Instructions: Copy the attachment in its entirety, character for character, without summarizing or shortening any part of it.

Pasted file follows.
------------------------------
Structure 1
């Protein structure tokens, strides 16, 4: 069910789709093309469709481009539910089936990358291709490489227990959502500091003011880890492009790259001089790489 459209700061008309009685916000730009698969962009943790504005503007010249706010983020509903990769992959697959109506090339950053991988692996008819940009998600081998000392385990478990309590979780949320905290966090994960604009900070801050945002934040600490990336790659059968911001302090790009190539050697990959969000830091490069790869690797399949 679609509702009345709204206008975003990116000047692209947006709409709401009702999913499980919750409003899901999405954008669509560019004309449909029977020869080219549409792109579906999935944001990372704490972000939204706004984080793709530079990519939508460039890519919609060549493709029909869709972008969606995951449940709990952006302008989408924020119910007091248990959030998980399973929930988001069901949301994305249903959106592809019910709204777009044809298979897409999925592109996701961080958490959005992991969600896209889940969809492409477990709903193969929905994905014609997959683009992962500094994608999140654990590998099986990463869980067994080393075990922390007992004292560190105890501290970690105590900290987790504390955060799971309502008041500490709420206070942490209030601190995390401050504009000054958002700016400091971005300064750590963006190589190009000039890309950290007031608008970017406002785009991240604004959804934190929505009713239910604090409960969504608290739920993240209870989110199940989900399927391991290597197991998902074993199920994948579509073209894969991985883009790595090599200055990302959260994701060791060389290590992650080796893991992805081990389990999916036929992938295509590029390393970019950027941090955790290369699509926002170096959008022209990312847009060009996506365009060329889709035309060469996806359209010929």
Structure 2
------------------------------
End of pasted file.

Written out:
Structure 1
């Protein structure tokens, strides 16, 4: 069910789709093309469709481009539910089936990358291709490489227990959502500091003011880890492009790259001089790489 459209700061008309009685916000730009698969962009943790504005503007010249706010983020509903990769992959697959109506090339950053991988692996008819940009998600081998000392385990478990309590979780949320905290966090994960604009900070801050945002934040600490990336790659059968911001302090790009190539050697990959969000830091490069790869690797399949 679609509702009345709204206008975003990116000047692209947006709409709401009702999913499980919750409003899901999405954008669509560019004309449909029977020869080219549409792109579906999935944001990372704490972000939204706004984080793709530079990519939508460039890519919609060549493709029909869709972008969606995951449940709990952006302008989408924020119910007091248990959030998980399973929930988001069901949301994305249903959106592809019910709204777009044809298979897409999925592109996701961080958490959005992991969600896209889940969809492409477990709903193969929905994905014609997959683009992962500094994608999140654990590998099986990463869980067994080393075990922390007992004292560190105890501290970690105590900290987790504390955060799971309502008041500490709420206070942490209030601190995390401050504009000054958002700016400091971005300064750590963006190589190009000039890309950290007031608008970017406002785009991240604004959804934190929505009713239910604090409960969504608290739920993240209870989110199940989900399927391991290597197991998902074993199920994948579509073209894969991985883009790595090599200055990302959260994701060791060389290590992650080796893991992805081990389990999916036929992938295509590029390393970019950027941090955790290369699509926002170096959008022209990312847009060009996506365009060329889709035309060469996806359209010929």
Structure 2